As my life got more busy in the following weeks, I could only get to "my yoga'" maybe every other day. This has not been a problem. I am almost done with the entire book now (about 12 weeks total) and plan to start at the beginning as soon as I am done. I am so much stronger and more flexible and more confident than I was at the beginning of the program, so I want to start over and gain even more knowledge with my new abilities!
***Why this book is better than any video or class (except for one-on-one progressive classes)***
I can take this book with me anywhere. I don't need a TV. I can do my practice at a soccer game or in the woods. I can take it to a friend's house.
It builds on itself. Soemthing you learn in week one will be used in week two. By the end, the routines put together everything you have learned and shows you how to create your own routine. Most classes in my area are drop in, which means that they are at a level i.e. intermediate and stay at that level with out progressing. You will never try a headstand and you will never have an easy restorative practice if your only class is intermediate. This book takes you from wherever you are and brings you up.
I can stop anytime and not worry about pausing. I can start the practice, go start the rice cooker, go back to practice. My kids can interrupt me between poses and it doesn't bother me because there is not video to stop. I can take a rest and drink some water. I can answer the phone. There is no need to pause or try to catch up.
I can take as long as I want in each pose. Sometimes I really need a longer stretch to fully feel the pose. Sometimes my abs are sore from pilates and I can only hold a pose for half the recommended time. With the book, I can truly do my own practice with guidance instead of rushing to keep up with an instructor. I can actually really do what the instructors always want: I can FOLLOW MY OWN BREATH!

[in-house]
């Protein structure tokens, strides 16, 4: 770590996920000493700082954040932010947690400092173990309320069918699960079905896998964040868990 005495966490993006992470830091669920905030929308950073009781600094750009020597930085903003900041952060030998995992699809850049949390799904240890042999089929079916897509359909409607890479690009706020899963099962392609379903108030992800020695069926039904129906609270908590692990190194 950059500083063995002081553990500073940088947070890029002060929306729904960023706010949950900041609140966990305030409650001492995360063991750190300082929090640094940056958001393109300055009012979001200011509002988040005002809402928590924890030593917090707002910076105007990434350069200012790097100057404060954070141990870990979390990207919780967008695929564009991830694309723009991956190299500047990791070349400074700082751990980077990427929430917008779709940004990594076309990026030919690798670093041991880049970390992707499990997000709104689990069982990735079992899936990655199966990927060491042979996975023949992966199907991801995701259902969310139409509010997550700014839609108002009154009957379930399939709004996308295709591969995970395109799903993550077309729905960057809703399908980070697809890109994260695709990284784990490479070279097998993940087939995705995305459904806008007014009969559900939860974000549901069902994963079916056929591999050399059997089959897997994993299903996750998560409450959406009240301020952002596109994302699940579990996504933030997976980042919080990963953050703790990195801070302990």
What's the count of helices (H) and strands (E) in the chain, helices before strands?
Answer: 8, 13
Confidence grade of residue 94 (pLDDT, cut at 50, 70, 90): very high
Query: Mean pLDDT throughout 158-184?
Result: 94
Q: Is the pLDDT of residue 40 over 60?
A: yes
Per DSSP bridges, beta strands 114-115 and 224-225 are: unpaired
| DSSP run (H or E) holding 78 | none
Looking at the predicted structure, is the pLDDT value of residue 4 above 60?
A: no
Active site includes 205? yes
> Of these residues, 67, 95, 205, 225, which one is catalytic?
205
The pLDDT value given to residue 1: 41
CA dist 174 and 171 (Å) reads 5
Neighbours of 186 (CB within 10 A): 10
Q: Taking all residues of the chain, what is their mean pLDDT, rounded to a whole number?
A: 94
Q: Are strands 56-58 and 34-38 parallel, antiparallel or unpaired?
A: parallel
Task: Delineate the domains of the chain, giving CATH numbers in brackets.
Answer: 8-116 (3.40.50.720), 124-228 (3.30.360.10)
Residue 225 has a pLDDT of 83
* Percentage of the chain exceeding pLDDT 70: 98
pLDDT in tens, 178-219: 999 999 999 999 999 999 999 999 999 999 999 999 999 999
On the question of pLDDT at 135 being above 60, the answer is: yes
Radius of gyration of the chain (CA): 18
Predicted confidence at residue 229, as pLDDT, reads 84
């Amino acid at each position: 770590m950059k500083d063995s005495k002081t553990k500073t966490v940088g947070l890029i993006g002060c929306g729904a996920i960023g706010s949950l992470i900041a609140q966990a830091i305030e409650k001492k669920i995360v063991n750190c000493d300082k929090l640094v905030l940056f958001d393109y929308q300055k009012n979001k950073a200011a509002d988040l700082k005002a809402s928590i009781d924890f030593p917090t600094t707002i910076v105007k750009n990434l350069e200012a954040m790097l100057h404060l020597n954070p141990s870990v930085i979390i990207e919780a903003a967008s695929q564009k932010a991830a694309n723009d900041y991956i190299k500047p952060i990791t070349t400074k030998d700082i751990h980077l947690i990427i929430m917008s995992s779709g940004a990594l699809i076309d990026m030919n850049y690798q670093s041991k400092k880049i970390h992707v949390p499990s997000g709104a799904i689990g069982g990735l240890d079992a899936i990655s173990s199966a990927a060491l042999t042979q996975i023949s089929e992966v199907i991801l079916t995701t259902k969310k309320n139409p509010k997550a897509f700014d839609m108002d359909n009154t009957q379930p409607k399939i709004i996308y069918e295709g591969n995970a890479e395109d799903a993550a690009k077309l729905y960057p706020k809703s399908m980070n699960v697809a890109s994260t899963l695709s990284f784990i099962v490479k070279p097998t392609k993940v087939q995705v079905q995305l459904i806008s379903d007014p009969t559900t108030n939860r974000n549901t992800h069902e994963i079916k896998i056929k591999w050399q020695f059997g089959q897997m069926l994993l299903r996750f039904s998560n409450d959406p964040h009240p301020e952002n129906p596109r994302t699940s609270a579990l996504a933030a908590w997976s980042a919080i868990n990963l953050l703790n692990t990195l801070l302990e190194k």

I can cut out poses that hurt. I have an acute knee injury and I have easily been able to work around it by avoiding poses that exacerbate the pain. No big deal.
The book includes routines for menstruating women and for restorative poses during illness, so you can keep on going even if you aren't feeling so great. This is good for me, because sometimes if something falls out my daily routine, it is lost forever!
*** props you need ***
If you are going to do this whole book you are going to need some props: a block, a strap (or a belt of towel), some blankets that can be neatly folded, a bolster (I got a great one from YogaAccessories here on Amazon for about $35), and a mat.
Good luck. I would love to hear about your experience with this book!
I am a long time fan of Mr. Yee. His videos have been the basis of my home practice - a chance to repeat and practice poses first learned in class. They provide visual and verbal details in a context that helps understand how the pose should "feel". But, I could never put together a routine for my needs today.
The book is organized around the concept of "balance", and I have learned from it that balance opens a world of choices. If yoga is a means to freedom of choice, then the choices can be expressed as balance. For example, the balance between observing and doing is a lot like the balance between yoga and earning a living or between meditating and active practice, or between breath and one's lower back, or between forward bend and hand stand.
Freedom in life is limited by the choices we see. In Moving Toward Balance Rodney Yee shares his philosophy of freedom in a completely approachable way. Most poses are described in three versions and he tells us what to expect from each. He discusses the ways outcomes are improved through different combinations of poses, how the book can be used to create a personal practice, and, of course, how to increase the number of choices.
I now know why I could never plan a yoga practice - I didn't know what the choices are. Mr. Yee leads us to discovering them and I am much happier. You will be too.
-to start a yoga practice
-to learn correct alignment of yoga poses
-to learn ways to modify poses
-to learn inversions
-to have lessons to establish a home practice
-to have lesson plans for teaching yoga